Prior to the demolition of the south platforms, there were 14 through tracks. Assuming 6 tph/platform that's a total capacity of 84 trains per hour.
That proposed diagram shows 10 through tracks and 4 stub tracks. Assuming the stub tracks are 6 tph, and the through tracks are 12 tph, you get a total capacity of 144 trains per hour, which is a 64% increase in capacity.
With shorter, lighter, and electrified trains soon coming to the GO network; two trains will also be able to use the same platform at once. Double birthing will be especially useful for Milton and Richmond Hill service since they don’t through run, so they can both occupy the same platform at a time instead of one each.
 
Just because you don't understand it doesn't mean it makes no sense.

Currently dwell times are astronomical because there isn't enough room on the platforms to store a trainload of people. So people mostly need to wait downstairs. Once the train arrives it's theoretically safe for them to go to the platform, but they can't because now the stairs are all occupied by the flood of people exiting the train. Then the train needs to wait for all the boarding passengers to make it up the stairs, which takes a while due to the limitation of stairway capacity. And even once they do make it up the stairs, they'll disproportionately enter the train doors nearest to the stairs, which also limits boarding efficiency.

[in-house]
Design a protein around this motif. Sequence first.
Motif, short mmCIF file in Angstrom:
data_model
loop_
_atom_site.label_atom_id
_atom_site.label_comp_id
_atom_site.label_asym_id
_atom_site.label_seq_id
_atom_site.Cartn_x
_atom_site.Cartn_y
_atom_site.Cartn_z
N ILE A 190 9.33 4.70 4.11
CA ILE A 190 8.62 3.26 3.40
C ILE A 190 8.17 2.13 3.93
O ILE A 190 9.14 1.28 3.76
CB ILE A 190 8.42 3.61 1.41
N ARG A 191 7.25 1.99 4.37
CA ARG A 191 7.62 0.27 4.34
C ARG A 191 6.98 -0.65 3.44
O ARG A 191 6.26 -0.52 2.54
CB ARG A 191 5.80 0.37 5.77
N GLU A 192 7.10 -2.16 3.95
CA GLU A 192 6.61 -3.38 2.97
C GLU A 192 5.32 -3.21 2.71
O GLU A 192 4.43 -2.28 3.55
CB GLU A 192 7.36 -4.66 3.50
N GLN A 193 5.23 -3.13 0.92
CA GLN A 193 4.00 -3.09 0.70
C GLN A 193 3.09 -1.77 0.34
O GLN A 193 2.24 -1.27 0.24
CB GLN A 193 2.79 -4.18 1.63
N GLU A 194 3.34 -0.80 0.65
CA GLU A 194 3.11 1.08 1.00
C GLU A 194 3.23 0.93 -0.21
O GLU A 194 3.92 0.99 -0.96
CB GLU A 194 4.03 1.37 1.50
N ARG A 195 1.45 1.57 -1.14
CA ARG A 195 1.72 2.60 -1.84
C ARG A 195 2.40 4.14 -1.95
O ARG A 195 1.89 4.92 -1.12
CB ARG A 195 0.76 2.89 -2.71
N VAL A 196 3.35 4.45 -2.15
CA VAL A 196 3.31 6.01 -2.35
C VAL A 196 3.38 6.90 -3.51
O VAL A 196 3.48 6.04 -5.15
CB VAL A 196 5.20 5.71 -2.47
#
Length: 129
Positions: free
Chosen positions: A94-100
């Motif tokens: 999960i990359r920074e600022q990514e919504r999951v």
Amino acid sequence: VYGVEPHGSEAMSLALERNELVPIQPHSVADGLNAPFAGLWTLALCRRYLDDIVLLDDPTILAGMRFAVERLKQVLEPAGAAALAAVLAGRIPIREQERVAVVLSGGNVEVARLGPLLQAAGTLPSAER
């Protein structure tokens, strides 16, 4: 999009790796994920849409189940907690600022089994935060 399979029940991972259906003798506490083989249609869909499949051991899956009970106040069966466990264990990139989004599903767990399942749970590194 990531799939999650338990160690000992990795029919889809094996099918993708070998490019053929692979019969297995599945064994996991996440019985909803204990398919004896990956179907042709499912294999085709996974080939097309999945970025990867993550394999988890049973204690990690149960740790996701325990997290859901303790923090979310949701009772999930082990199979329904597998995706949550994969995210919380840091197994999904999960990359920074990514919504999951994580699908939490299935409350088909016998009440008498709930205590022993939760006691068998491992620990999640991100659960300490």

Widening the platforms would allow people to wait on the platforms and stand around each door of the train as other passengers exit, like what you see at a subway station. As soon as those passengers are off, the boarding passengers can make use of the full capacity of every door along the train.

In addition to widening the platforms, Metrolinx is also trying to reduce the passenger turnover at Union. Currently nearly 100% of passengers on a given train get off at Union. They are adding new connections to rapid transit at Mount Dennis (to Line 5), Bloor (to Line 2 via a new tunnel), and East Harbour (Ontario Line), to provide alternate routing options to central Toronto. They are also building additional platforms at Exhibition so they can stop all GO trains there once the Ontario line opens, to encourage as many people as possible to transfer there rather than at Union. Reducing the dwell times at Union also encourages people to use alternate stations by reducing the time penalty for passing through Union. Which in turn reduces dwell time even further.